John Lewis advises beware the Non-Compete Clause
What is a Non-compete clause?
A non-compete clause is used to prevent a party from using intellectual property, confidential information and their general work knowledge to compete with the business that they have ceased working with.
A non–compete clause is often found in contracts such as employment contracts, franchise agreements, sale of business agreements and contracts where one party has access to intellectual property and confidential information of the other party.
Non-compete Restrictions – Employment Contracts
Many employees are taking the plunge to establish their own business, after working for their employer. Often there will be a ‘non-compete clause’ in the employment agreement, which can specify a number of restrictions on the employee if they decide to establish a business in competition with their current employer.
Although some employees may be inclined to dismiss this as an unreasonable ‘restraint of trade’, there is a significant risk to ignore these types of provisions in your contract of employment.
Often these clauses will include a ‘time‘ restriction, a ‘geographical‘ restriction, as well as ‘non-solicitation‘ and ‘confidentiality‘ clauses.
In relation to a reasonable ‘time‘ restriction, it is not uncommon for an employment agreement to include a 3-12 month period before an employee can directly compete with his previous employer.
The ‘geographical‘ restriction defines a specified geographical areas where the person can conduct their business. Courts will generally apply the test of ‘reasonableness‘; for example, although a 5-10 kilometre ‘geographical’ restriction may be reasonable, having a ‘geographical’ restriction encompassing the entire Melbourne metropolitan area would be unreasonable.
‘Non-solicitation’ clauses are also common restrictions which relate to directly obtaining clients of your former employer to your business clients.
For example, transferring confidential information including the client database file as you depart the office on your last day, and then using this information for your new venture is likely to be a breach of your employment agreement. Similarly, taking ‘trade secrets’ from your former employer would also constitute a breach.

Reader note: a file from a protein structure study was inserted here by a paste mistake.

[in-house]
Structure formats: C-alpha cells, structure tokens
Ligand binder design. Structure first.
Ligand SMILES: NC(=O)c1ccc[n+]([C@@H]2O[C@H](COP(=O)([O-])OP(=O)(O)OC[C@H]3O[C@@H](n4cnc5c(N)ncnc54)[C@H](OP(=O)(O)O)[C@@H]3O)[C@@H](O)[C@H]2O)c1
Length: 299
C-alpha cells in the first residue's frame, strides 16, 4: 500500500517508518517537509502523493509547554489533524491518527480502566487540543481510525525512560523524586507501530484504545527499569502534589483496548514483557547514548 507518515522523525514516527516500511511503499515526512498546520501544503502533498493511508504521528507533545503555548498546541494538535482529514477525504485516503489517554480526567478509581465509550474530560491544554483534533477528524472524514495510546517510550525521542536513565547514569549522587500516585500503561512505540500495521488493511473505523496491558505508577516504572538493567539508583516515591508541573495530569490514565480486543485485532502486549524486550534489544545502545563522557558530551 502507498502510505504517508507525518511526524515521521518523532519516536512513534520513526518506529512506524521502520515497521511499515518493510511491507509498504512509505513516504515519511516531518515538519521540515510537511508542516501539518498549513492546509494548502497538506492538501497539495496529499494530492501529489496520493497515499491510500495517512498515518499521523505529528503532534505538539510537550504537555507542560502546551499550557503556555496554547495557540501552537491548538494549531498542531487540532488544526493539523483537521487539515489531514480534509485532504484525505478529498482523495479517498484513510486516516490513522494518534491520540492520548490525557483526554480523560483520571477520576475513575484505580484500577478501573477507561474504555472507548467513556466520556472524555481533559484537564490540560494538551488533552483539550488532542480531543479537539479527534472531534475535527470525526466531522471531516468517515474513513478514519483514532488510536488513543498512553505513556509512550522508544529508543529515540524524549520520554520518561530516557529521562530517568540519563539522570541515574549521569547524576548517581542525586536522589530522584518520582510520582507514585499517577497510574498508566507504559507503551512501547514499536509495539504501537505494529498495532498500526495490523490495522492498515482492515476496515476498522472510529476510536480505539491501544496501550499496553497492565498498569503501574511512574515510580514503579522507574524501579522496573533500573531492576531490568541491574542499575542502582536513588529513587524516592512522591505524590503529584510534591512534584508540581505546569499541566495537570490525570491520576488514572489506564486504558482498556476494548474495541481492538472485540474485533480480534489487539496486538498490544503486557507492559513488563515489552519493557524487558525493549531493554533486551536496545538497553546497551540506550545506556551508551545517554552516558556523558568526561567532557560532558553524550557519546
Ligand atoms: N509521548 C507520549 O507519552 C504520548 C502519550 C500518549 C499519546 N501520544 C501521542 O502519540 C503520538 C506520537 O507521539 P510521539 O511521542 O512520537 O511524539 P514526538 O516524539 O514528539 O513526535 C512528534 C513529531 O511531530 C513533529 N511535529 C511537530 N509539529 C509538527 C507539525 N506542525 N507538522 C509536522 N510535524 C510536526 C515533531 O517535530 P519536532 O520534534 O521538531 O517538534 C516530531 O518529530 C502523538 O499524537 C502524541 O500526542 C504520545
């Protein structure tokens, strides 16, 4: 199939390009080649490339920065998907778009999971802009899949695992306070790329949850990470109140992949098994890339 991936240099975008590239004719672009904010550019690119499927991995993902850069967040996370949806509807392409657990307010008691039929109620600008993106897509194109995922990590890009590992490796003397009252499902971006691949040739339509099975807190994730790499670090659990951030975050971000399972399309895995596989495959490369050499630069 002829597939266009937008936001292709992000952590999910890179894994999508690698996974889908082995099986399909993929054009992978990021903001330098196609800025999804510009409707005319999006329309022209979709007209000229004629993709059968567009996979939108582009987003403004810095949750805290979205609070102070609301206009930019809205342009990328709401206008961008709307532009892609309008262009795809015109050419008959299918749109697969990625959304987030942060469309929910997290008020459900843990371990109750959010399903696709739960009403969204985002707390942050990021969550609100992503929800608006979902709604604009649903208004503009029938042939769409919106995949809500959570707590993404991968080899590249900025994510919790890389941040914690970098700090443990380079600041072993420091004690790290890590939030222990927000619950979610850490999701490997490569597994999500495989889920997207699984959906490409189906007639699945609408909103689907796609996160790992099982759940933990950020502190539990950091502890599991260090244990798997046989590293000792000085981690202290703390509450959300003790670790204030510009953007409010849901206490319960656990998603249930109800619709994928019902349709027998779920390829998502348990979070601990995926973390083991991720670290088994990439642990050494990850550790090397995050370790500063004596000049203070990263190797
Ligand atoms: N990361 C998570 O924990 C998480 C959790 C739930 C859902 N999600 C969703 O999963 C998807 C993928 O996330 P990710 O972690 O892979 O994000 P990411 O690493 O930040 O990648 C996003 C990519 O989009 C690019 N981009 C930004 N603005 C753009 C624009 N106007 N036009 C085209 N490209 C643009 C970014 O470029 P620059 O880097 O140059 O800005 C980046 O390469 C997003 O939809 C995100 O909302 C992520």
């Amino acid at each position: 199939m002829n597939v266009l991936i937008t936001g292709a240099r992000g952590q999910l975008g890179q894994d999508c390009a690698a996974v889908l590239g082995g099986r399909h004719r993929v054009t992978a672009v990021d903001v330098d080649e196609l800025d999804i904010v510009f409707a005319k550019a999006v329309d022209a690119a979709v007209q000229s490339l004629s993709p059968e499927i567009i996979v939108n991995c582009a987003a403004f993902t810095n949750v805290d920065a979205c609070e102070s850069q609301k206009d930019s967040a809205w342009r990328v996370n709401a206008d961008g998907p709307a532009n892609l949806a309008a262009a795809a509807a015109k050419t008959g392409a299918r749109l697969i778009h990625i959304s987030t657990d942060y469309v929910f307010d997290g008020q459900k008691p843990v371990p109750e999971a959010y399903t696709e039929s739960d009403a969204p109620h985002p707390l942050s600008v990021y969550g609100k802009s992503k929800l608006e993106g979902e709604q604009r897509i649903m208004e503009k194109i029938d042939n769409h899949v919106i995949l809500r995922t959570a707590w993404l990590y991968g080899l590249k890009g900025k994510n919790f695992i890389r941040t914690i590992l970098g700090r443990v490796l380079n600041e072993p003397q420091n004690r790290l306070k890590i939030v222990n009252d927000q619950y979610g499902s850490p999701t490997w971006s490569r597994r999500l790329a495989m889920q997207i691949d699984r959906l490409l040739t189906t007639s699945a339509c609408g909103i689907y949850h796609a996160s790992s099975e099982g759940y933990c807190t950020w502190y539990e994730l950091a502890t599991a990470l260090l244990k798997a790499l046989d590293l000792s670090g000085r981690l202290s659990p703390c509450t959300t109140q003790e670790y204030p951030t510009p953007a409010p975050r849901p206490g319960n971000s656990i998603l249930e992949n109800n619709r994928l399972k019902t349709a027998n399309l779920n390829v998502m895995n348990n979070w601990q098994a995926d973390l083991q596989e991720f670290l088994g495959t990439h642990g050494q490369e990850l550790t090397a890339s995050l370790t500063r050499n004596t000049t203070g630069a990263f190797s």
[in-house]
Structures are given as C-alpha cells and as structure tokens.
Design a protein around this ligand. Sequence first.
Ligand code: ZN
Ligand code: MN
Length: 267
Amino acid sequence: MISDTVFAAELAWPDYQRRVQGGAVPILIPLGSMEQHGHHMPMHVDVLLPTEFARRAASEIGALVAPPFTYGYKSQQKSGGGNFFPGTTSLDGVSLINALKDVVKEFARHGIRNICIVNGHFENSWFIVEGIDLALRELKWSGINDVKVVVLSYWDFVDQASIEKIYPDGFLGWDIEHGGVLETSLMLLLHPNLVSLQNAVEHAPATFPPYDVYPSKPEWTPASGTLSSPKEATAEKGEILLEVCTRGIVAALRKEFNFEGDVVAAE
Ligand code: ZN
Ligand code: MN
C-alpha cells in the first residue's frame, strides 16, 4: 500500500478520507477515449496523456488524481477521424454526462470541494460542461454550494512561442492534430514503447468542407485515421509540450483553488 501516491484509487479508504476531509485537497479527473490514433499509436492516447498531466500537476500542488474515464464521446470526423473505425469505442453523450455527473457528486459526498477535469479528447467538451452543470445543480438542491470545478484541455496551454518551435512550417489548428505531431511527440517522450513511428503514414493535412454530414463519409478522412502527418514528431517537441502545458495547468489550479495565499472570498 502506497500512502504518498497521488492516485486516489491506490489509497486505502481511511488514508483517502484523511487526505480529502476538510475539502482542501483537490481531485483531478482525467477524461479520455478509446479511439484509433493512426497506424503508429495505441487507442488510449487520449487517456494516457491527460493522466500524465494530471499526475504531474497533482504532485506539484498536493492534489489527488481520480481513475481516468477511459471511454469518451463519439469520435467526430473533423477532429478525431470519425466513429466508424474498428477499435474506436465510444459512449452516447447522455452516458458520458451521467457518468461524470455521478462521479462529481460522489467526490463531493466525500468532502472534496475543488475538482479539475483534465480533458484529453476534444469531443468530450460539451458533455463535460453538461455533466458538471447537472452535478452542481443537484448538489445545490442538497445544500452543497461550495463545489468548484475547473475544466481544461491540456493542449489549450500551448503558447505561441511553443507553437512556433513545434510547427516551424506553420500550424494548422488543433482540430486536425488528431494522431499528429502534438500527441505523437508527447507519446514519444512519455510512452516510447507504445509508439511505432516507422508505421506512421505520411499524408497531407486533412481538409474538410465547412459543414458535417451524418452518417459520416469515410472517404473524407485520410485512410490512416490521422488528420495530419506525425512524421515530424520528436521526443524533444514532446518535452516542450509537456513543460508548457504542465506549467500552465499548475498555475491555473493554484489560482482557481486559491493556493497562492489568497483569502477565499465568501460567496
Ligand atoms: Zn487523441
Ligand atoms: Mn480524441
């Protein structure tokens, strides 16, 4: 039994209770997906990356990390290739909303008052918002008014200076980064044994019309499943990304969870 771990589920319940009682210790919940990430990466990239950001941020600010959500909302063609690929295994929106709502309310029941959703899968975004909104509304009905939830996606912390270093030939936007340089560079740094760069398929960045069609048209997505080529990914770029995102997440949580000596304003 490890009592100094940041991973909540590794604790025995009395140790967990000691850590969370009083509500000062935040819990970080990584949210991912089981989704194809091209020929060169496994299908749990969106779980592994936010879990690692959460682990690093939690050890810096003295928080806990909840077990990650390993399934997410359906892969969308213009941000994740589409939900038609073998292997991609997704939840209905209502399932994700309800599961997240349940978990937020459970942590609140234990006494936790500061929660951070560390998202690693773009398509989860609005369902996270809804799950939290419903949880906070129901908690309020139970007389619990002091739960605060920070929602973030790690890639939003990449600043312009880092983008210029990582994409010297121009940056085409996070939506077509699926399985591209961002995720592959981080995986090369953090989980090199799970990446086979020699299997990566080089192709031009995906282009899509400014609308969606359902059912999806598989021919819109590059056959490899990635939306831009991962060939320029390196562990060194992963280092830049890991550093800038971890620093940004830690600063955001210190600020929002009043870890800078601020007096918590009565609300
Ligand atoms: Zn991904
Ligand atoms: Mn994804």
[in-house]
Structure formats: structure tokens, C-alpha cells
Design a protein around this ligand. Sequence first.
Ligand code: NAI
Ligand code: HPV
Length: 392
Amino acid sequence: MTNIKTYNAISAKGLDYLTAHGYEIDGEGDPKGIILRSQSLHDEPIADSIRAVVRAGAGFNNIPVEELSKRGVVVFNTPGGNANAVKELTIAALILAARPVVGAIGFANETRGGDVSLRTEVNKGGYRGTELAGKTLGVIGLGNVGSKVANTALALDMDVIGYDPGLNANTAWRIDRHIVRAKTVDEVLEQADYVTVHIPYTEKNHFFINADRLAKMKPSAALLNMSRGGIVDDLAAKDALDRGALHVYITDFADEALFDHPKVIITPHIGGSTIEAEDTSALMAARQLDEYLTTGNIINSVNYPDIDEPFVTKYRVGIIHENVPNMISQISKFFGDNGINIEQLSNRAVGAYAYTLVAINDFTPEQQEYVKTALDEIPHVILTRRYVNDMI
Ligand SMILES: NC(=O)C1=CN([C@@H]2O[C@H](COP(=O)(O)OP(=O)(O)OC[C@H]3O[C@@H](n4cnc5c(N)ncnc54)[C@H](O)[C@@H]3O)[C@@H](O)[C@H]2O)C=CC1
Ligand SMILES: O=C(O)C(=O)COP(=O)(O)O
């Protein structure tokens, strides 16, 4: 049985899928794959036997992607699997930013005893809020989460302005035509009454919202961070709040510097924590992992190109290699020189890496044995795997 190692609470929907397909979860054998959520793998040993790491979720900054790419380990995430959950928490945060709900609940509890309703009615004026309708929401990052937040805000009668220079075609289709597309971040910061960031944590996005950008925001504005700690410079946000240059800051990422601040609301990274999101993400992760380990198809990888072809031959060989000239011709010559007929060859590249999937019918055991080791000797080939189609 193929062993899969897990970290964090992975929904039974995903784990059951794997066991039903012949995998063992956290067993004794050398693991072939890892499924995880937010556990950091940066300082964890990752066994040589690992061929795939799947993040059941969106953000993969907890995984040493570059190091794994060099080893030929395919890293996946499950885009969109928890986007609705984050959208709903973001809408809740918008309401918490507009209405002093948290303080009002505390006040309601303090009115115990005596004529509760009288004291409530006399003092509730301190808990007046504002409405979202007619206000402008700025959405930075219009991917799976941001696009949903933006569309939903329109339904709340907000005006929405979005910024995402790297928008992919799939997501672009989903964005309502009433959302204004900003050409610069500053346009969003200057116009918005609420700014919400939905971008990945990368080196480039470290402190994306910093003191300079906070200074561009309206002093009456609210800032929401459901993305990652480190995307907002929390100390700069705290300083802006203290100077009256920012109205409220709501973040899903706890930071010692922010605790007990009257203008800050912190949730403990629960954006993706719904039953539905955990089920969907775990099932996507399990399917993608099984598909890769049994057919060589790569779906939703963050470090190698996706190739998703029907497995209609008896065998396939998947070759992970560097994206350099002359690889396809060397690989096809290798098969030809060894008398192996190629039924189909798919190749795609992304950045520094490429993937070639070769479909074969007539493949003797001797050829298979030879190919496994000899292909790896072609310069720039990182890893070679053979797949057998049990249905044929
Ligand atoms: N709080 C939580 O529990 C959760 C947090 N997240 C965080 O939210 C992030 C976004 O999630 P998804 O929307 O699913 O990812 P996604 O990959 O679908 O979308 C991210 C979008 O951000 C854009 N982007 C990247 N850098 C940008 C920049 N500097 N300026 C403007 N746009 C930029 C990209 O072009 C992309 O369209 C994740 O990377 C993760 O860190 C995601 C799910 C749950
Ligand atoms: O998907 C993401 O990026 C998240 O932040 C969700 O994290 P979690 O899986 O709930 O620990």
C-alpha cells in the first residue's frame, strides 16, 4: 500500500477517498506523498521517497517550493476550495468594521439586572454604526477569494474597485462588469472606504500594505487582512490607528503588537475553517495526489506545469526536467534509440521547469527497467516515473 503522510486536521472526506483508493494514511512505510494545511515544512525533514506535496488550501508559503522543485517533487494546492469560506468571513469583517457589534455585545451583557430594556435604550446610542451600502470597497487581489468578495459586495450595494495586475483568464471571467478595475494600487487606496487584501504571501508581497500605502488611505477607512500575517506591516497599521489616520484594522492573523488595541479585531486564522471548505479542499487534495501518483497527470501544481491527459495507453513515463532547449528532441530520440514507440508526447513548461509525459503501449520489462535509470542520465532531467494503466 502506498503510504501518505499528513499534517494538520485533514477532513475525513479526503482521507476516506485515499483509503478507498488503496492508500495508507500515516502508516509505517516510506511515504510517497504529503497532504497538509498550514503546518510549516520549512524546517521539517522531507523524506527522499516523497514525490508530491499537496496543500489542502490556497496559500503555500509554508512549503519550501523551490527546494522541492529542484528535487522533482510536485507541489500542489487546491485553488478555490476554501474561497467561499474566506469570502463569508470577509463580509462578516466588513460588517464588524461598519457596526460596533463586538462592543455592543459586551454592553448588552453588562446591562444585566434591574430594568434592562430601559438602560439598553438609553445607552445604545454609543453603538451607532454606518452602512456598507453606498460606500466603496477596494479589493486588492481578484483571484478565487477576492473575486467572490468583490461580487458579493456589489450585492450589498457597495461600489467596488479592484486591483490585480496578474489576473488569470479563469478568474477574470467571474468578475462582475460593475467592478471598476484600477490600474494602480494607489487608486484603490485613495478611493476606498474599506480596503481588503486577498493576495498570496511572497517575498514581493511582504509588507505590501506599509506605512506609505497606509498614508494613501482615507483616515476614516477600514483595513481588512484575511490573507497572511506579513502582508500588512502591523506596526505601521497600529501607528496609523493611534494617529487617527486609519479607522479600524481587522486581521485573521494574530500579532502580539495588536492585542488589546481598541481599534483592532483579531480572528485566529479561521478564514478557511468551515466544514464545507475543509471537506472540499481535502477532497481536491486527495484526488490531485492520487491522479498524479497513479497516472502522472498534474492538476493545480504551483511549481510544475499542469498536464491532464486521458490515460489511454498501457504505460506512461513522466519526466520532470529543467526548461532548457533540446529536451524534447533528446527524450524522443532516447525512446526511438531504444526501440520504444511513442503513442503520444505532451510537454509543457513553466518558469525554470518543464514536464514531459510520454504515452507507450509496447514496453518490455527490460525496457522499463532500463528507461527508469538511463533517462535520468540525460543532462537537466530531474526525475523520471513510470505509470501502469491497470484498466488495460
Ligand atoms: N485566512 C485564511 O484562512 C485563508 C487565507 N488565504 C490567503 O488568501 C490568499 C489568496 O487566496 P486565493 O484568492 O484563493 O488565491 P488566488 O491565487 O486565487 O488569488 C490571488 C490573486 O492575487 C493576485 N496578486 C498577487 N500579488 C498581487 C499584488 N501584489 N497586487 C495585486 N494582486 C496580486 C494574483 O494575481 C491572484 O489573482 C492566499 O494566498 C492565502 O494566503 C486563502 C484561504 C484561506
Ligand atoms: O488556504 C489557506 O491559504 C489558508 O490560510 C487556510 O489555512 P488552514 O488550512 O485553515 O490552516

Right to Earn a living – Employment Contracts
It is important to note, that in Australia a non-compete clause is only enforceable if the clause is considered reasonable to protect the legitimate business interests of the party who benefits from the clause.
Importantly, courts will also recognise that employees have the right to earn a living, and cannot be restricted from operating a business purely because it may complete with a previous employer. In Buckley v Tutty (1971) 125 CLR 353, the High Court held that: “unreasonable restraints are unenforceable as it is contrary to public welfare that a person should be unreasonably prevented from earning a living in whichever lawful way he chooses and that the public should be unlawfully deprived of his services”.
If you are thinking about leaving your current employer with the intention to establish your own business, obtaining legal advice to confirm your rights and obligations regarding where you stand on any ‘non-compete’ clause is a worthwhile and modest investment.
Speak to one of our experienced Team at Lindbloms Lawyers today.